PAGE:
Damage from Minneapolis tornado visible year laterMINNEAPOLIS (AP) — One year after a tornado hit north Minneapolis, killing two people and causing an estimated $80 million in damage, the damage along its three-mile-wide swath is still visible: tattered tarps on patchy roofs, broken and sagging chain-link fences, and empty space where there used to be homes, businesses and trees.
MINNEAPOLIS (AP) — One year after a tornado hit north Minneapolis, killing two people and causing an estimated $80 million in damage, the damage along its three-mile-wide swath is still visible: tattered tarps on patchy roofs, broken and sagging chain-link fences, and empty space where there used to be homes, businesses and trees.
Kelly Coborn said she still feels like she's entering a strange neighborhood when she drives to her home.
"Every time I get to James and 30th, it's like, 'Holy buckets, where am I?'" she told the St. Paul Pioneer Press (http://bit.ly/L1X9j9).
Boulevards that were shaded before the tornado hit on the afternoon of May 22, 2011, are now dotted with saplings. A few yards still hold splintered remnants of tall oaks and ash trees. Coborn said insurance has helped to cover the $90,000 worth of damage to her property.
"There's more to do — lots of rebuilding," she said, "and we're not done, doggonit."
Mike Pierson runs Gear 4 Less at Penn and Broadway, where the tornado leveled trees and lifted garages off their slabs. He said the main difference he sees now is all the space from people and businesses that are gone.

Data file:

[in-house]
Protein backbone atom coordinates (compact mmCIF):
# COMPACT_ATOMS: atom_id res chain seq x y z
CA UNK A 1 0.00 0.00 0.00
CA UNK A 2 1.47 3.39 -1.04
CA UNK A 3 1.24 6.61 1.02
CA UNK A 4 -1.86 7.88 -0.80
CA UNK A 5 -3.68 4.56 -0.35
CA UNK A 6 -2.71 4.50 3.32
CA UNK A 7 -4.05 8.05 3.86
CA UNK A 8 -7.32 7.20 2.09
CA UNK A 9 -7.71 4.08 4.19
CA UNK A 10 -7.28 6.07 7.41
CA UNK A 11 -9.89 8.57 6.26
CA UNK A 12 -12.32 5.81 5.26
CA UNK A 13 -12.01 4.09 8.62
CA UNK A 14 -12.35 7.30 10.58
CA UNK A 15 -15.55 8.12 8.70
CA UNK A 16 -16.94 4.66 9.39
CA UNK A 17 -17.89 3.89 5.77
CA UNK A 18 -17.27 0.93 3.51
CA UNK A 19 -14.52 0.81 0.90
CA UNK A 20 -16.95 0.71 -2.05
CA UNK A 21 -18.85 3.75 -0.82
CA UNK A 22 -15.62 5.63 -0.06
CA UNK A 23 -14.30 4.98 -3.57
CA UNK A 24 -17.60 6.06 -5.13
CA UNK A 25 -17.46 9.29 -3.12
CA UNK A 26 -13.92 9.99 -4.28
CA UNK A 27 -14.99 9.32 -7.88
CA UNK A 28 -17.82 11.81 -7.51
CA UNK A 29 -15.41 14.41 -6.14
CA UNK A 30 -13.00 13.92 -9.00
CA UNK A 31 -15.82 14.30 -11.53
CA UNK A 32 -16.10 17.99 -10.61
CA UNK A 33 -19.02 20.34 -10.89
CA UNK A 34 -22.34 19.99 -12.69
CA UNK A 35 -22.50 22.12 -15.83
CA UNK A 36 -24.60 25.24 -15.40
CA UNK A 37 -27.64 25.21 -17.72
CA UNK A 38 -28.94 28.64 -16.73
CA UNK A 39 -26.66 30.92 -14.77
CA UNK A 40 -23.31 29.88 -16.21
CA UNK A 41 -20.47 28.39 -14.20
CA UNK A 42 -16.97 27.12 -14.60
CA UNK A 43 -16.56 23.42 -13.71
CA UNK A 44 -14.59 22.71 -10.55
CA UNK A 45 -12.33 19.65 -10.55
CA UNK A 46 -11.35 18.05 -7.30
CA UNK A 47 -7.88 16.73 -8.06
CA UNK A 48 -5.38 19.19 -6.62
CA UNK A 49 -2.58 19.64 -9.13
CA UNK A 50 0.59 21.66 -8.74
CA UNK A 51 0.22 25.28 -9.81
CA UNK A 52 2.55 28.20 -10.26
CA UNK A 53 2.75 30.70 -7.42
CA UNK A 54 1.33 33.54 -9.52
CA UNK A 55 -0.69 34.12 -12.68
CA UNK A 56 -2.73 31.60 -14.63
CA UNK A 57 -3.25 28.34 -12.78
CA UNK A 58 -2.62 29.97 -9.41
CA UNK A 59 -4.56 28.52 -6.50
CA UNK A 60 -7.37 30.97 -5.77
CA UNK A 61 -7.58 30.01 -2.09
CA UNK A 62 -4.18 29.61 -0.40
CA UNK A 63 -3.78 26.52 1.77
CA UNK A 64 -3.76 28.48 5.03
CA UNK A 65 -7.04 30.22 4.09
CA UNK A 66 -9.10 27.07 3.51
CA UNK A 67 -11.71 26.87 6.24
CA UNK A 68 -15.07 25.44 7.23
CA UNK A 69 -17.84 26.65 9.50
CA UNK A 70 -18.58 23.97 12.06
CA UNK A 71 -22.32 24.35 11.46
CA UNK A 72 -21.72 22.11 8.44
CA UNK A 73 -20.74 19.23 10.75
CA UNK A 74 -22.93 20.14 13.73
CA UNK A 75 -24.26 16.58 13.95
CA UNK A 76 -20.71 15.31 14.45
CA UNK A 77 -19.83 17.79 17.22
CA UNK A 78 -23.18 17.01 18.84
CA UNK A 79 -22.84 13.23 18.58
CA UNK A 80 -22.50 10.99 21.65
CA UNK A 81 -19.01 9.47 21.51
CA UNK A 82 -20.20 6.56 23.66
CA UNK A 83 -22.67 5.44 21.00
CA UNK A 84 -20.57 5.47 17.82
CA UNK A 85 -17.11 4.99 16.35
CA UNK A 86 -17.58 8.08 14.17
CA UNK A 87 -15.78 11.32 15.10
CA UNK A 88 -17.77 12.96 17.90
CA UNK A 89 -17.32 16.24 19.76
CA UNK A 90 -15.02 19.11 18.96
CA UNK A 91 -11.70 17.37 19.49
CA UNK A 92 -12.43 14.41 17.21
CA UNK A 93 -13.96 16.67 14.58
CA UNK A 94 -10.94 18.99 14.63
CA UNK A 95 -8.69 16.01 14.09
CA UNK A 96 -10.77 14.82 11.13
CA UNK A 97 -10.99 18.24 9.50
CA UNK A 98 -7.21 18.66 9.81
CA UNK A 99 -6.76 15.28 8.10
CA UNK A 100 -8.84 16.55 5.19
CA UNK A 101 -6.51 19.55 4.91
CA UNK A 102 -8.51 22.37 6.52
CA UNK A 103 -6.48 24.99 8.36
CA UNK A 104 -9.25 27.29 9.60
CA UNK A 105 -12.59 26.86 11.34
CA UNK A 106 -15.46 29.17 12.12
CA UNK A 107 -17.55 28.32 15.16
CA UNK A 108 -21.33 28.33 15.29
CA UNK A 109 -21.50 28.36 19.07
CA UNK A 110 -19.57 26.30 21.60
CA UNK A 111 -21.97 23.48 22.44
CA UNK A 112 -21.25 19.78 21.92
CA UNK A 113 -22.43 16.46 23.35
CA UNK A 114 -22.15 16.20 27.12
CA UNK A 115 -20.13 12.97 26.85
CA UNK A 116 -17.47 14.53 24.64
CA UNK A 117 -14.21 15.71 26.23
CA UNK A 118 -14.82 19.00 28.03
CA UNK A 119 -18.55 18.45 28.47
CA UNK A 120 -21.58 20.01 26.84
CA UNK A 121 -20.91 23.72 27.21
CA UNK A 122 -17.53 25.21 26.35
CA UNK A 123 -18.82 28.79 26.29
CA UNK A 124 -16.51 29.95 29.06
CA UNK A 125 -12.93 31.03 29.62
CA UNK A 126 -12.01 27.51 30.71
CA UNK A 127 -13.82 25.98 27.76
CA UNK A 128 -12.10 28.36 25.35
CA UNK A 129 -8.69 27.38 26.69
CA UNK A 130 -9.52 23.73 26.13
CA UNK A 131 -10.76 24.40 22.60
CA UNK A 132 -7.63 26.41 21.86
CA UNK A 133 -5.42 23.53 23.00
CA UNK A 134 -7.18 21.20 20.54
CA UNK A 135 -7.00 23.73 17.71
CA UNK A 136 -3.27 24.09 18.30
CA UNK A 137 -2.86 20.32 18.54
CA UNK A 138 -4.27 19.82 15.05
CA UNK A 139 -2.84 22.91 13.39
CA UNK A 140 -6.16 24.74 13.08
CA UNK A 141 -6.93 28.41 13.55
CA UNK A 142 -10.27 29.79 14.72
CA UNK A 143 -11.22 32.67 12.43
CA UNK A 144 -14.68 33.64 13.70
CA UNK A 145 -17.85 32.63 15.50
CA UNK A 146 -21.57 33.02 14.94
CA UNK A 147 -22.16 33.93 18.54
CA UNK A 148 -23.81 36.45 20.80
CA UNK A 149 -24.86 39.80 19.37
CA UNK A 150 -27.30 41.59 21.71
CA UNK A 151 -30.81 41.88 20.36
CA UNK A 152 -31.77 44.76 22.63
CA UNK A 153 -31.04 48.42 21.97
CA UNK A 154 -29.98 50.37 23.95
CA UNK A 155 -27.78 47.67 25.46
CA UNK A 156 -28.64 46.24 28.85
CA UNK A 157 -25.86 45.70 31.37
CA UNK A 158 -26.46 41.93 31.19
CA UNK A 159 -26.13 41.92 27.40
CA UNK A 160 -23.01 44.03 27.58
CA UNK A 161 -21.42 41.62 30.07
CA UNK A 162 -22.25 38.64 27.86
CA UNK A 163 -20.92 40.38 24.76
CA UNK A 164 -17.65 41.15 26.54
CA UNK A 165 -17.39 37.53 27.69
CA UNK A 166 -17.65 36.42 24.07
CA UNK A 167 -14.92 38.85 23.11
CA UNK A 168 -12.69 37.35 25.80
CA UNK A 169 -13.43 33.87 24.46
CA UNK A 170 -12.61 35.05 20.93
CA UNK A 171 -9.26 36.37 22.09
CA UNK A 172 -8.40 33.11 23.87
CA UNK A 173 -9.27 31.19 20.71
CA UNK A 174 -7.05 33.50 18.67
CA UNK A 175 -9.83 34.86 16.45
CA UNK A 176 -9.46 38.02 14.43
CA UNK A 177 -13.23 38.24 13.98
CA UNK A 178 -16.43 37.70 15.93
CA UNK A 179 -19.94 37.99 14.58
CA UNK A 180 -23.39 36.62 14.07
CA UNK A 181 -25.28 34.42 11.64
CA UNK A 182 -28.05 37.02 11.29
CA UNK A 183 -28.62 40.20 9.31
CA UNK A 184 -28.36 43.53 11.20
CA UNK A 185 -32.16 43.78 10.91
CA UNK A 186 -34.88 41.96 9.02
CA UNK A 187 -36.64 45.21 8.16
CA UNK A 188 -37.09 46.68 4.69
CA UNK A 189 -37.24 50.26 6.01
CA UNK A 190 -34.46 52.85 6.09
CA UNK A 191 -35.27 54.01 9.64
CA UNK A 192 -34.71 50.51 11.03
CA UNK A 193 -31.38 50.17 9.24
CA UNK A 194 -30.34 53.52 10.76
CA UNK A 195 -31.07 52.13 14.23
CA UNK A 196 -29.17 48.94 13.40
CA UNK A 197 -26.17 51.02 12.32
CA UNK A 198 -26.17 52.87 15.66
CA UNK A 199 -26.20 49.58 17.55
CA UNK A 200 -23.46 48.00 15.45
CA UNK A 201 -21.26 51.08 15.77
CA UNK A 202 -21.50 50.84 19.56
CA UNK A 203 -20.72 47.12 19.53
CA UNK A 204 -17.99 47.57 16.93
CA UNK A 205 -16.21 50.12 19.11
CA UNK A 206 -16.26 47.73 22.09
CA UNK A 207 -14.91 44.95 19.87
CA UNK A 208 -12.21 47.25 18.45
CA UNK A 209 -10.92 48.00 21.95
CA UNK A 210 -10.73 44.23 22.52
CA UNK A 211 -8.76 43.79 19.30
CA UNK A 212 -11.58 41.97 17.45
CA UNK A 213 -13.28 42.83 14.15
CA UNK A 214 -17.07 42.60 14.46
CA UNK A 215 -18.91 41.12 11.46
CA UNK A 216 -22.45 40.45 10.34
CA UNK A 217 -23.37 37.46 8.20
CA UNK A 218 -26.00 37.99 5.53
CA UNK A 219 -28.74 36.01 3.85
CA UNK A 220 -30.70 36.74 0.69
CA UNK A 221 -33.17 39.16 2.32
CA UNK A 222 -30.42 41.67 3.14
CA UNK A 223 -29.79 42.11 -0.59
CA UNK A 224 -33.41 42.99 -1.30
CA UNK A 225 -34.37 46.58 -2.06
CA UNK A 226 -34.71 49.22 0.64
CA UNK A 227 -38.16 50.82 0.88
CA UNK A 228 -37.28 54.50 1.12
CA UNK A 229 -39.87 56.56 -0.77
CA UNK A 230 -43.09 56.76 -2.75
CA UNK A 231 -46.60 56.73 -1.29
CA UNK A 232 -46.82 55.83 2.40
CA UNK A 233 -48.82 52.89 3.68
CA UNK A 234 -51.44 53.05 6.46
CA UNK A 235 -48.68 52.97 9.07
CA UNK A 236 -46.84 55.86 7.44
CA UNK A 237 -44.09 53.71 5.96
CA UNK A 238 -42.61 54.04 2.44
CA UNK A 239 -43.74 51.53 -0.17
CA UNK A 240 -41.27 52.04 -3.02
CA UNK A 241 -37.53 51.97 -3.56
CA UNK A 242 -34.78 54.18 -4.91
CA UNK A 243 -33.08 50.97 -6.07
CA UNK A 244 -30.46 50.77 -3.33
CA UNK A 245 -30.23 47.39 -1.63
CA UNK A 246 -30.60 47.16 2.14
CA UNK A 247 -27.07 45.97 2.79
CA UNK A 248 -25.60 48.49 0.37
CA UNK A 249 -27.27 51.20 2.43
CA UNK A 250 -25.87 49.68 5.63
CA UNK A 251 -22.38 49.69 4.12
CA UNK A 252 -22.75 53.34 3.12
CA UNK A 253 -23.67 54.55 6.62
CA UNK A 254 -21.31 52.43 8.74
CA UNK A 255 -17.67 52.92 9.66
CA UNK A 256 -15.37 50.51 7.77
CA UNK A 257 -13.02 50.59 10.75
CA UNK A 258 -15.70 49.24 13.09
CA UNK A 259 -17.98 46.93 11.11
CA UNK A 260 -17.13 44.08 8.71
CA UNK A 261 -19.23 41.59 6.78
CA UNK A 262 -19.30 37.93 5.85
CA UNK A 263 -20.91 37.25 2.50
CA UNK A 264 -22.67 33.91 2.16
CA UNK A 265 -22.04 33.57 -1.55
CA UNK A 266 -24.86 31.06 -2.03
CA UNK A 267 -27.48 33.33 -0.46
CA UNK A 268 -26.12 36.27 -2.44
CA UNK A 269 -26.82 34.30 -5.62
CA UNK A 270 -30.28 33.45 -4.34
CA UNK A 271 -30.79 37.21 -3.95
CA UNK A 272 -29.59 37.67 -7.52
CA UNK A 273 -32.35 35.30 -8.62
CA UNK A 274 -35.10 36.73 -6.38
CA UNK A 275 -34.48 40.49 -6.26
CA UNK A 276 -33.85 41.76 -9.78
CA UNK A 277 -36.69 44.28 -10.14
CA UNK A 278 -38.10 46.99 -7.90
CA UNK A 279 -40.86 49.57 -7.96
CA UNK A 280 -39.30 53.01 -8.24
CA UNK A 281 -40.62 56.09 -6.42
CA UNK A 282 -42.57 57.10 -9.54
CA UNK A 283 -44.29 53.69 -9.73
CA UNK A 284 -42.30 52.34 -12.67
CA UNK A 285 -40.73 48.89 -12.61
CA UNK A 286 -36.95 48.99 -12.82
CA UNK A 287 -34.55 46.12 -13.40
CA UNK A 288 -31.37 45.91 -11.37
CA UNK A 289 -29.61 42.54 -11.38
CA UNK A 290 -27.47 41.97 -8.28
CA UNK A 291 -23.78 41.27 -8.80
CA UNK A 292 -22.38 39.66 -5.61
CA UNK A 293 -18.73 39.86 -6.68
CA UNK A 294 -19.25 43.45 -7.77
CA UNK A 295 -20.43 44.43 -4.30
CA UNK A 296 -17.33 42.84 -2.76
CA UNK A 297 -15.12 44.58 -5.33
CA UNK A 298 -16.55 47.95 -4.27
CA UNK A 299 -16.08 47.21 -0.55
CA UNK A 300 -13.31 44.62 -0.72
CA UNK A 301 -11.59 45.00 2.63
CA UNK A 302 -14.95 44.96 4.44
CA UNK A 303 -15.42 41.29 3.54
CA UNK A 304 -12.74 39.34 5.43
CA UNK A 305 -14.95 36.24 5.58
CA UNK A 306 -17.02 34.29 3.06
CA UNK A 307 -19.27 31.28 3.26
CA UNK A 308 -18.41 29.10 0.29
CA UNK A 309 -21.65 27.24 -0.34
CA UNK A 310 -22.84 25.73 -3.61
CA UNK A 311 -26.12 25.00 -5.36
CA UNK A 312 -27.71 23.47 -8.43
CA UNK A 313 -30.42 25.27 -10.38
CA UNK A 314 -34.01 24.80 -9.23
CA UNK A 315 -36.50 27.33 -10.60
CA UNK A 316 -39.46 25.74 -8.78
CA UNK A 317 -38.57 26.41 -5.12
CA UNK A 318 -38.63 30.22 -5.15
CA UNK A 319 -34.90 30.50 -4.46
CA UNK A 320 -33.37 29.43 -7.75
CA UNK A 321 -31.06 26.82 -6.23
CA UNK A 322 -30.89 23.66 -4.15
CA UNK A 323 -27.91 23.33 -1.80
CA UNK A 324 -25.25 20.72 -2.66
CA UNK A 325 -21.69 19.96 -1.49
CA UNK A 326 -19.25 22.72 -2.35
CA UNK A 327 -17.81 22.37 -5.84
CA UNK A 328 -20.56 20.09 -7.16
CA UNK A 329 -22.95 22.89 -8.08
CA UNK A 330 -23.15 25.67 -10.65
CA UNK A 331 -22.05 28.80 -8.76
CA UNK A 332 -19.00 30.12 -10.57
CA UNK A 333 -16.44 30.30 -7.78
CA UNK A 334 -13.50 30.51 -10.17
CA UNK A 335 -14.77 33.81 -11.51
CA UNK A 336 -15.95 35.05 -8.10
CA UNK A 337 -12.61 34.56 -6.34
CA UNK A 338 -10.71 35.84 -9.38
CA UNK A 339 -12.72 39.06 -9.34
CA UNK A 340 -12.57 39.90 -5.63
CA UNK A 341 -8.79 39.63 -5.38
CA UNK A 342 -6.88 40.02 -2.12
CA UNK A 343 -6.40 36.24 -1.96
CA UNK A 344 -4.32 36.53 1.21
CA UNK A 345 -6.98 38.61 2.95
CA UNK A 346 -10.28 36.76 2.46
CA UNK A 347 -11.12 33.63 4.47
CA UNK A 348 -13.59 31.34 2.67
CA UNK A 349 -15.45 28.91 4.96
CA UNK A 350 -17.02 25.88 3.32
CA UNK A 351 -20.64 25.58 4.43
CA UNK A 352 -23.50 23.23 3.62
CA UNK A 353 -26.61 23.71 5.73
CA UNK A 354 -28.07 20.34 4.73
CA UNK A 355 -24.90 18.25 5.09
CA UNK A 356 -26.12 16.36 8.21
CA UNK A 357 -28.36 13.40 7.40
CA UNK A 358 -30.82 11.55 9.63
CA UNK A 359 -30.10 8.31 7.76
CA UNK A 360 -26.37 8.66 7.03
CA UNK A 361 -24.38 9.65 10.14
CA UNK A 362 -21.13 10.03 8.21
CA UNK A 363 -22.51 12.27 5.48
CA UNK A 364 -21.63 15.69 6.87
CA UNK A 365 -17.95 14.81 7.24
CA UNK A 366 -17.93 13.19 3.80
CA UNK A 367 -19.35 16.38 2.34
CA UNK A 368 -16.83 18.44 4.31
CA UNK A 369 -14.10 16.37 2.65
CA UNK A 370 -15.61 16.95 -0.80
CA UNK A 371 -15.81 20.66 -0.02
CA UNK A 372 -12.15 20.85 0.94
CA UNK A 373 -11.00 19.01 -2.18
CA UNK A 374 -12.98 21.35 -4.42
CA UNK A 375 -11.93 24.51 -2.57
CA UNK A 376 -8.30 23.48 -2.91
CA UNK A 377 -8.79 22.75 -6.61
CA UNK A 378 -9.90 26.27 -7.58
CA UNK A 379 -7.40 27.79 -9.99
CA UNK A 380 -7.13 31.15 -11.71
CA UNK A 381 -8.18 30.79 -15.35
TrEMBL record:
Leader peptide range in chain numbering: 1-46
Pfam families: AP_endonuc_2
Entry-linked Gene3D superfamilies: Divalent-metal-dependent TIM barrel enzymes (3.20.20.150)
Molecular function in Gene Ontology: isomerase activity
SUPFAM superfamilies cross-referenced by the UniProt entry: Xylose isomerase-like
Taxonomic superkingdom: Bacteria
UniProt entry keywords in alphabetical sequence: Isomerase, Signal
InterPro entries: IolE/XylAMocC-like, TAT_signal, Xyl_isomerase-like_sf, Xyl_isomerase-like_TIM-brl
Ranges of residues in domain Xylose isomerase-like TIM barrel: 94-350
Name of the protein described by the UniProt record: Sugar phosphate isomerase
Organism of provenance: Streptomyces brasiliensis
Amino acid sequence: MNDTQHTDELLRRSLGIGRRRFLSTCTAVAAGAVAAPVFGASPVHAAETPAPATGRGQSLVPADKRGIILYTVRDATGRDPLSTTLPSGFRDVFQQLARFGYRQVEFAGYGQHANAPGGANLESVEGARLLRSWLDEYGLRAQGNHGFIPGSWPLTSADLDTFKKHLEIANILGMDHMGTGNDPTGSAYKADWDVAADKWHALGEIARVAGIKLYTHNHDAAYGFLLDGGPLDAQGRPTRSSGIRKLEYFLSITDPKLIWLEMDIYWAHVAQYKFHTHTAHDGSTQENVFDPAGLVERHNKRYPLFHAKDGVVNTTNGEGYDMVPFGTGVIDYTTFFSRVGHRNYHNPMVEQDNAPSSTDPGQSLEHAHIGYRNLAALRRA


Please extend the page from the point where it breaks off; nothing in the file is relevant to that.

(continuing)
A sandwich shop is vacant across the street. A liquor store that was looted after the storm was just torn down. Still, Pierson sees signs of slow improvement. The liquor store lot is being developed into an apartment building with retail space at street level.
"Just in a couple more years ... it's going to be a nice place to shop," he said. "It'll be back up to normal. Hopefully."
City officials say repairs have been made to the vast majority of homes in the area, with 197 of the 206 most-severely damaged having been repaired, or in the process of being repaired, demolished or pending demolition. In addition, 2,891 repair permits have been issued, with about $28.7 million worth of repairs made or under way.
According to the Minnesota Department of Commerce, 90 percent of insurance claims had been resolved by Jan. 1, amounting to $64 million in payments from auto, home and renters' insurance. More than 350 claims remain unresolved.
"Many (people) found out the hard way that having insurance can often mean the difference between financial security and financial disaster," Commerce Commissioner Mike Rothman said. "It was a sobering reminder how important it is to have proper coverage ... It is not a matter of if, but when and where the next tornado will touch down in Minnesota."
Information from: St. Paul Pioneer Press, http://www.twincities.com
Copyright 2012 The Associated Press.